The Aquatic Network: Freshwater Connectivity Transports eDNA Through the Landscape

Dr. Littlefair Collecting a Water Sample

Dr. Littlefair collecting a water sample at the lake shoreline which will later be analyzed for environmental DNA. Credit: Rachel Henderson

A study revealed the potential of environmental DNA (eDNA) in tracking freshwater biodiversity, with the movement of water influencing eDNA transport. Research in Canada’s lakes emphasized the importance of understanding waterway connectivity for effective eDNA monitoring and called for further studies to refine its application.

A new paper published in the journal Proceedings of the Royal Society B used environmental DNA (eDNA) metabarcoding to analyze fish and zooplankton communities. The study found that the movement of water between freshwater bodies, or freshwater connectivity, can transport eDNA. This highlights the potential of eDNA to provide a comprehensive view of freshwater biodiversity.

Aquatic Ecosystems and DNA Tracking

Aquatic ecosystems are interlinked by waterways, which allow fish, plants, and other organisms to move from one place to another. This connectivity is important for the resilience of aquatic populations, but it can also make it difficult to track the DNA of these organisms.

Research Findings and Implications

The study, spearheaded by Dr. Joanne Littlefair, a lecturer in biological sciences at Queen Mary University of London, looked at three lake networks containing 21 lakes in Canada’s Boreal Forest at IISD Experimental Lakes Area. The researchers found that within-lake eDNA generally reflected the habitat preferences of the species, but that some eDNA was also transported into downstream lakes. Lakes with a higher degree of connectivity had more eDNA detections that could not be explained by conventional monitoring techniques.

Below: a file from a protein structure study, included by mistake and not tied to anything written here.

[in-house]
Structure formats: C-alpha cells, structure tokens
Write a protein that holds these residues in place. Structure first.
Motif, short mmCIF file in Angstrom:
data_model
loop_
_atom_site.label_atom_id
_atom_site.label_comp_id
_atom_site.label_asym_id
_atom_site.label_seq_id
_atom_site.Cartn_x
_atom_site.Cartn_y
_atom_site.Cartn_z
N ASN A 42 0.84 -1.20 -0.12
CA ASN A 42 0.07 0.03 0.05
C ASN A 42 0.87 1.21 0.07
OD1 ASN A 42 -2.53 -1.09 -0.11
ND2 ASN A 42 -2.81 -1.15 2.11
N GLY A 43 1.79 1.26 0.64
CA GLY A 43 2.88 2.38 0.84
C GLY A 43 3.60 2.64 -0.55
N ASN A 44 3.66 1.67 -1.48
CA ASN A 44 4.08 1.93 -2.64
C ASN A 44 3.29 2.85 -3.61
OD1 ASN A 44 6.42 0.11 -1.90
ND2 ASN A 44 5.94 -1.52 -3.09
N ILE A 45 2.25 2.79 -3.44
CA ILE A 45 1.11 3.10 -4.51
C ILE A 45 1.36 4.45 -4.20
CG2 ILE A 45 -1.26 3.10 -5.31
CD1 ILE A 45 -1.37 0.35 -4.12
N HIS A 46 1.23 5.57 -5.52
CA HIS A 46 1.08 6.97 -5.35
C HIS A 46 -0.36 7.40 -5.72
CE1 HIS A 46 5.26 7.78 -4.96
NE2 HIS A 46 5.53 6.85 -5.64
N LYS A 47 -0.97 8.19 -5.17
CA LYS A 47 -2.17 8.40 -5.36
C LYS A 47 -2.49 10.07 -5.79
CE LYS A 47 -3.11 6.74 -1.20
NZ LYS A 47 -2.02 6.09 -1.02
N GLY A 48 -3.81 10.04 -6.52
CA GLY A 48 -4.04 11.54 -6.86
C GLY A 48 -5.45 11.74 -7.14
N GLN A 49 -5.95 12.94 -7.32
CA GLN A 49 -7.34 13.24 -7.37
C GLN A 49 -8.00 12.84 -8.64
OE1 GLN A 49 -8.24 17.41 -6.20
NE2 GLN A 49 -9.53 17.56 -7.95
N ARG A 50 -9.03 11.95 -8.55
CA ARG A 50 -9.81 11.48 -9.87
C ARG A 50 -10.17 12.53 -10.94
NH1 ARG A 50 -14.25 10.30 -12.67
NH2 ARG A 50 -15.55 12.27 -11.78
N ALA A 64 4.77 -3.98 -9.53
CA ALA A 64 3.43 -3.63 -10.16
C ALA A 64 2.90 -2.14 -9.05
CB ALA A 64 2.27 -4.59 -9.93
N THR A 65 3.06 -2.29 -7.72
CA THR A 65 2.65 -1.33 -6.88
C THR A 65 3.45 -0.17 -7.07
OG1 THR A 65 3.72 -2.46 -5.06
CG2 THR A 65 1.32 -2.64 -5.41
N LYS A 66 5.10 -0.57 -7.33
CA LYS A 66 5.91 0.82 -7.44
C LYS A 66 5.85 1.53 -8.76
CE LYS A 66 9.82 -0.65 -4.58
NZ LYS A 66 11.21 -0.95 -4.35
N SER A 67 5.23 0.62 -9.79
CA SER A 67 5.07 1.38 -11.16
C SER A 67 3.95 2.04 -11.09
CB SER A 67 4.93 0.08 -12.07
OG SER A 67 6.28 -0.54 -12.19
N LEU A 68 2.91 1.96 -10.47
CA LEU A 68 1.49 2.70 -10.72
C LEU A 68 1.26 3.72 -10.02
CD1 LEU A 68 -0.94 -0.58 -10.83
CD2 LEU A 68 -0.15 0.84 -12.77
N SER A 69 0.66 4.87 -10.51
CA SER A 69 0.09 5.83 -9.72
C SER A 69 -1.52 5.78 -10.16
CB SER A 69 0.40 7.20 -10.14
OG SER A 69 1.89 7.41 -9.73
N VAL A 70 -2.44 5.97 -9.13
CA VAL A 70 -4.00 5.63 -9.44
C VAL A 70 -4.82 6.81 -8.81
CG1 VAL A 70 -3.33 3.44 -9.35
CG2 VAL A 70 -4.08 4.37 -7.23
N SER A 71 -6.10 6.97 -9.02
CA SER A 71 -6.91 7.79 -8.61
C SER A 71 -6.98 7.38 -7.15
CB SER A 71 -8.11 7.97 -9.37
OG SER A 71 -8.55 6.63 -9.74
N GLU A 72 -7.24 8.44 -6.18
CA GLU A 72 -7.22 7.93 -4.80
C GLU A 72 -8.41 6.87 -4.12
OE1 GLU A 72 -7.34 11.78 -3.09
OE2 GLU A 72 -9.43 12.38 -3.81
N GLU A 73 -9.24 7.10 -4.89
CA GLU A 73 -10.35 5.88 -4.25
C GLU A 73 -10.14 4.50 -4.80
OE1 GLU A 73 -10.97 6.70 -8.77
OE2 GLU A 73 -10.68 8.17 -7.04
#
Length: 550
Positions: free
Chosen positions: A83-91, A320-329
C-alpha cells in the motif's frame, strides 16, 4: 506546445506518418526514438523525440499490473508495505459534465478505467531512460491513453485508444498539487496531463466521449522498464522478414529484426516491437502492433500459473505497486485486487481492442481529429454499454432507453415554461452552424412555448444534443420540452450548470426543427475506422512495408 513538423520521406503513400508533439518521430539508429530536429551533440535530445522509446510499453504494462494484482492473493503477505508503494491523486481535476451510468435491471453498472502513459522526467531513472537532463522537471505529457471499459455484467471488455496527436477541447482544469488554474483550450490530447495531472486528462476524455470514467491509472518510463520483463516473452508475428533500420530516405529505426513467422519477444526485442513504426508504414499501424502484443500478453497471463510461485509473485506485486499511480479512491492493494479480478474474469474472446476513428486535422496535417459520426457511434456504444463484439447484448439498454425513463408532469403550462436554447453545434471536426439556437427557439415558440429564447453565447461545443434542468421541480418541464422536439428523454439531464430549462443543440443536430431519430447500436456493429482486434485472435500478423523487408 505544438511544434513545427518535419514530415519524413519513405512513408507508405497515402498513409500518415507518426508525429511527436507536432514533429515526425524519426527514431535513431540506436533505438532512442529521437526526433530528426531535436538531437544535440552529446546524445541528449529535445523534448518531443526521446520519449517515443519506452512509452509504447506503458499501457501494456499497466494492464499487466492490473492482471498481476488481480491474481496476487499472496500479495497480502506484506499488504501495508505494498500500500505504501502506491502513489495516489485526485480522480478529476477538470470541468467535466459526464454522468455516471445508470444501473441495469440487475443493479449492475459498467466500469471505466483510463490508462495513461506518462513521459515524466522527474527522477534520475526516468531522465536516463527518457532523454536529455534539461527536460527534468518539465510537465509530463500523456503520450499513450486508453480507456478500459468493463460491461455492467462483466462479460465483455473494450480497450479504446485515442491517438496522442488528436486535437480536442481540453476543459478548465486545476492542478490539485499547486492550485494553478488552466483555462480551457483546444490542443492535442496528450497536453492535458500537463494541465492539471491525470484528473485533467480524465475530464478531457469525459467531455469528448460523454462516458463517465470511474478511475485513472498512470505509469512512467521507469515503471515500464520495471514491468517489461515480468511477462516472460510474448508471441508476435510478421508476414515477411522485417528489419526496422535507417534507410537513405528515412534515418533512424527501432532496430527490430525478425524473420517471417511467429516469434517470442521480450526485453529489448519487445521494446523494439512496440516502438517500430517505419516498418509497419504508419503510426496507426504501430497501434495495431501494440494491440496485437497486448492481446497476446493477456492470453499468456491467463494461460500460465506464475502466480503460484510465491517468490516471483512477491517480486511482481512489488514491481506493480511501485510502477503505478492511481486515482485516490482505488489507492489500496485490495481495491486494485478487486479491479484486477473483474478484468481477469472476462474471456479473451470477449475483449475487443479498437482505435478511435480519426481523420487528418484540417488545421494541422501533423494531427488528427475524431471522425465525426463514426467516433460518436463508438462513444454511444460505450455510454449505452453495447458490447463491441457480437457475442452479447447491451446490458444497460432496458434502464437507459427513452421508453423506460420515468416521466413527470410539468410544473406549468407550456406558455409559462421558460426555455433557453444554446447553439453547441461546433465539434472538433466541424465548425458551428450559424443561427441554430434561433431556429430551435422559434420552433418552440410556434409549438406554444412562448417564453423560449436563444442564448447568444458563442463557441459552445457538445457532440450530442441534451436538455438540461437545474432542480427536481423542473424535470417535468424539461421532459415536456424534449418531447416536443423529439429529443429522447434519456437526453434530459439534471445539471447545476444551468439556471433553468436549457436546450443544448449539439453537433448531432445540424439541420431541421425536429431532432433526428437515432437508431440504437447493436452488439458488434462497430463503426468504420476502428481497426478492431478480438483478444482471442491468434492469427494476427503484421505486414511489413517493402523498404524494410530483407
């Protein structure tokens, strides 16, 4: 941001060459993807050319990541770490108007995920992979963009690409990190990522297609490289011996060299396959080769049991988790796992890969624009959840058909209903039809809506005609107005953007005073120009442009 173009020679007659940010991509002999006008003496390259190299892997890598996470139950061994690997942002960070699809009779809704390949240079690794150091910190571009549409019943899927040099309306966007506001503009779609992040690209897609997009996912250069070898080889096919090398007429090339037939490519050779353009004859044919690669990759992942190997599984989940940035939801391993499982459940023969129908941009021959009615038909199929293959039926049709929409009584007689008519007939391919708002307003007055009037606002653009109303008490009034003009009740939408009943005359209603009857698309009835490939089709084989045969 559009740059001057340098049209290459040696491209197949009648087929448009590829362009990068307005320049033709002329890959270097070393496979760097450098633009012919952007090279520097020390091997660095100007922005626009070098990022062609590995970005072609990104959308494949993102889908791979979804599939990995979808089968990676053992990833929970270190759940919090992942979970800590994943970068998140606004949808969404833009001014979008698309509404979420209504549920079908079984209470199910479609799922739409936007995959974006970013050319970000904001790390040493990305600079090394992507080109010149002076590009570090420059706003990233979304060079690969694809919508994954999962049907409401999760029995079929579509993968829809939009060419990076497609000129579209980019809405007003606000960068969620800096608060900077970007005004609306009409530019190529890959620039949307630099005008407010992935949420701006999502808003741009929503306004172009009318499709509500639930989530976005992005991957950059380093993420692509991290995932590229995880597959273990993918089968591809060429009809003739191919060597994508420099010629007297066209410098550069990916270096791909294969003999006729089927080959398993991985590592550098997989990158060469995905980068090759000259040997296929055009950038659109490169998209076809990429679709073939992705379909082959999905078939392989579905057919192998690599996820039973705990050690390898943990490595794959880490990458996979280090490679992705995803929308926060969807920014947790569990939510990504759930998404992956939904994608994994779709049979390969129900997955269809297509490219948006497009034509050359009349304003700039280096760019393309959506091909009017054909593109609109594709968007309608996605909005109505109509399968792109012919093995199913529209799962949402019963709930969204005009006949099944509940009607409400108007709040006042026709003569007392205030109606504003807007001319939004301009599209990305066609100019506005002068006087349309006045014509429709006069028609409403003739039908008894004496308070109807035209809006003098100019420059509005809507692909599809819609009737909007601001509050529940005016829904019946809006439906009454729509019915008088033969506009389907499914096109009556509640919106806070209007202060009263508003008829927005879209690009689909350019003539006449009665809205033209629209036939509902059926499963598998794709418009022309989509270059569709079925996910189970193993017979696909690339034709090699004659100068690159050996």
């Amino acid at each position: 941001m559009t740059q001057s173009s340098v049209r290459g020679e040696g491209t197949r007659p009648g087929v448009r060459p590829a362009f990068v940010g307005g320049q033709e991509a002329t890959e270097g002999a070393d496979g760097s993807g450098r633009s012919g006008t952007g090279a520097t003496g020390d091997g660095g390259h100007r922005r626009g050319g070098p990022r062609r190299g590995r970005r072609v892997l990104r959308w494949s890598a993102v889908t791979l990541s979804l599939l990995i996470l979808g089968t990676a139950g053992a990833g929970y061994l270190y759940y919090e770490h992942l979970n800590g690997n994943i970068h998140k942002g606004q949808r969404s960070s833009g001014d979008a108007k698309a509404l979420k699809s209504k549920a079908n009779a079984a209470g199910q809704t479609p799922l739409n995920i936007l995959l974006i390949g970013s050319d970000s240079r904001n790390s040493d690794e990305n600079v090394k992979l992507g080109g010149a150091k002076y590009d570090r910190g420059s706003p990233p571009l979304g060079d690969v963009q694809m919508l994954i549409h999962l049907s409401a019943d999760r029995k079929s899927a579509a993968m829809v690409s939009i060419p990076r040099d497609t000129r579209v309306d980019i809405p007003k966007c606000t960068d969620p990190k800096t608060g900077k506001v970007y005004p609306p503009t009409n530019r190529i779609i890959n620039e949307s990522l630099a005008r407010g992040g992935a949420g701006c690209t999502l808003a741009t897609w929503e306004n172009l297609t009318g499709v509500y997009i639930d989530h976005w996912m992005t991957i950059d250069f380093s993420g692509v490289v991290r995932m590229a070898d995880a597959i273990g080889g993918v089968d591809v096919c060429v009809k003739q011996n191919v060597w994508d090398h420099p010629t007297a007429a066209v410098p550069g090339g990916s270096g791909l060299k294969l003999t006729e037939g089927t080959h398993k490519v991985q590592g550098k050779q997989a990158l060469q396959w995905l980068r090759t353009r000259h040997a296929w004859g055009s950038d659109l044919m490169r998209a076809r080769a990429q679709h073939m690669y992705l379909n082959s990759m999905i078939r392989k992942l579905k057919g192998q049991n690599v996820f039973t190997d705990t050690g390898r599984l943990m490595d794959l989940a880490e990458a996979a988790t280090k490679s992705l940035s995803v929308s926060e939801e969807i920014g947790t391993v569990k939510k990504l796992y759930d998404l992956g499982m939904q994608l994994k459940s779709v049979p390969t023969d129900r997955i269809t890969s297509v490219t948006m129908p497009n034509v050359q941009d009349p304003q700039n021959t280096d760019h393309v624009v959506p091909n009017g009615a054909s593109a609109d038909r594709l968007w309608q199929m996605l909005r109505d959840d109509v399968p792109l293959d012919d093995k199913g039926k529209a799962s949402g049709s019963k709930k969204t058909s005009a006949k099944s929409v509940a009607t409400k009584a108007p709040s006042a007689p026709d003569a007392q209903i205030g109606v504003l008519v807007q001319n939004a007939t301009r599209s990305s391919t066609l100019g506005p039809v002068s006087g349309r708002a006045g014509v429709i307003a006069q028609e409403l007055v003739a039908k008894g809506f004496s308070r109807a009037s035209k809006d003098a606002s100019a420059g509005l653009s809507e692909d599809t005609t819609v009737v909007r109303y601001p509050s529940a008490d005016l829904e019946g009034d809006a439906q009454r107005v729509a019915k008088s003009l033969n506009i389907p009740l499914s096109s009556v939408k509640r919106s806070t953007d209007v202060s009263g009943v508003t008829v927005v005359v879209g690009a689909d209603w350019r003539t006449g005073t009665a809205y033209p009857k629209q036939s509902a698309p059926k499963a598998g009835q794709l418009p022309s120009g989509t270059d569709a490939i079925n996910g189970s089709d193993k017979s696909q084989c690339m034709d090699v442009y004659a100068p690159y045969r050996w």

IISD-Experimental Lakes Area

The study was conducted at IISD-Experimental Lakes Area, a center for whole-ecosystem freshwater research in Ontario, Canada. Connected lakes were selected for the study to analyze how environmental DNA accumulates throughout the landscape. Credit: IISD-ELA

The findings have implications for the use of eDNA to monitor biodiversity in freshwater ecosystems. eDNA is a promising tool for biodiversity monitoring, but data must be interpreted in light of connectivity in the landscape.

Expert Comments and Further Research Needs

“eDNA can be used to detect the presence of species that are not easily monitored using conventional methods, including invasive species, or for monitoring the presence of rare or endangered species,” said Dr. Littlefair.”  “Our study showed that eDNA surveys can be carefully designed to consider the connectivity of the freshwater system being studied. In systems with high levels of connectivity, it is important to collect samples from multiple locations, which will allow us to build a complete picture of the biodiversity present.”

The study also highlights the need for more research on the factors, such as the effects of water movement, influencing the spatial resolution of eDNA detection. For example, if the water in an ecosystem is moving quickly, then it may be necessary to collect more samples to increase the chances of detecting eDNA. This research will help to improve scientists’ understanding of how eDNA can be used to monitor and conserve aquatic biodiversity.

Reference: “Freshwater connectivity transforms spatially integrated signals of biodiversity” by Joanne E. Littlefair, José S. Hleap, Vince Palace, Michael D. Rennie, Michael J. Paterson and Melania E. Cristescu, 13 September 2023, Proceedings of the Royal Society B Biological Sciences.
DOI: 10.1098/rspb.2023.0841

The study was funded by the Natural Sciences and Engineering Research Council of Canada (NSERC) and the WSP Montreal Environment department. The study was a collaboration between researchers from the UK’s Queen Mary University of London and the following Canadian institutions: McGill University, Lakehead University, IISD Experimental Lakes Area, and SHARCNET. Dr. Littlefair worked at McGill University and then QMUL during the study.

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